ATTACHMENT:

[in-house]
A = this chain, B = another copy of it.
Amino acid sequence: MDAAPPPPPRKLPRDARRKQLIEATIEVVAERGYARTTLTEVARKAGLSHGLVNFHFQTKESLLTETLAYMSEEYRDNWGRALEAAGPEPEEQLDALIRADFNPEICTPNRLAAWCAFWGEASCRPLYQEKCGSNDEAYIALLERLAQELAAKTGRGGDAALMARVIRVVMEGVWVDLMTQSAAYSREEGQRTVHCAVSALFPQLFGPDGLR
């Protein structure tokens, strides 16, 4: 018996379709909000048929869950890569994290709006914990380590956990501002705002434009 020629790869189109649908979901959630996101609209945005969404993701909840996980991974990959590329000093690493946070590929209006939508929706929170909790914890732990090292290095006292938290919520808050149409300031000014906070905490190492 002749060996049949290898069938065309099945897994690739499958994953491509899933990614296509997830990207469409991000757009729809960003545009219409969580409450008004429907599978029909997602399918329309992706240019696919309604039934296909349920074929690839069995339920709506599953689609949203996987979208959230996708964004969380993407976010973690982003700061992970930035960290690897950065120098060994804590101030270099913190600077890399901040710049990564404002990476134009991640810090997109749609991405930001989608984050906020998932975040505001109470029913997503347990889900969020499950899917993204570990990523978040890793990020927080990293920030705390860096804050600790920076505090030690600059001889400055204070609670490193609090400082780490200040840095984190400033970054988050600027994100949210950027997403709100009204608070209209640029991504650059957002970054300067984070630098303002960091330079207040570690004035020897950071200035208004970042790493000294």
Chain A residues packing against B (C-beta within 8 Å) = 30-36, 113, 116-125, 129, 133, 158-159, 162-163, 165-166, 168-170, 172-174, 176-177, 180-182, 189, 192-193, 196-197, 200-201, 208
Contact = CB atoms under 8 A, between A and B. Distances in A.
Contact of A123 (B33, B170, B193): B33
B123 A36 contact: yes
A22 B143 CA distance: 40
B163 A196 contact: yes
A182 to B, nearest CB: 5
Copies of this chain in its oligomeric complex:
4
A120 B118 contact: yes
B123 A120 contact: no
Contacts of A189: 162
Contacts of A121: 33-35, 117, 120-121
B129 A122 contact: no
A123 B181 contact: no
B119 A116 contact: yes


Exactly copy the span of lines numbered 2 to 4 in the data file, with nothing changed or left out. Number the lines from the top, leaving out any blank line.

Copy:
A = this chain, B = another copy of it.
Amino acid sequence: MDAAPPPPPRKLPRDARRKQLIEATIEVVAERGYARTTLTEVARKAGLSHGLVNFHFQTKESLLTETLAYMSEEYRDNWGRALEAAGPEPEEQLDALIRADFNPEICTPNRLAAWCAFWGEASCRPLYQEKCGSNDEAYIALLERLAQELAAKTGRGGDAALMARVIRVVMEGVWVDLMTQSAAYSREEGQRTVHCAVSALFPQLFGPDGLR
């Protein structure tokens, strides 16, 4: 018996379709909000048929869950890569994290709006914990380590956990501002705002434009 020629790869189109649908979901959630996101609209945005969404993701909840996980991974990959590329000093690493946070590929209006939508929706929170909790914890732990090292290095006292938290919520808050149409300031000014906070905490190492 002749060996049949290898069938065309099945897994690739499958994953491509899933990614296509997830990207469409991000757009729809960003545009219409969580409450008004429907599978029909997602399918329309992706240019696919309604039934296909349920074929690839069995339920709506599953689609949203996987979208959230996708964004969380993407976010973690982003700061992970930035960290690897950065120098060994804590101030270099913190600077890399901040710049990564404002990476134009991640810090997109749609991405930001989608984050906020998932975040505001109470029913997503347990889900969020499950899917993204570990990523978040890793990020927080990293920030705390860096804050600790920076505090030690600059001889400055204070609670490193609090400082780490200040840095984190400033970054988050600027994100949210950027997403709100009204608070209209640029991504650059957002970054300067984070630098303002960091330079207040570690004035020897950071200035208004970042790493000294």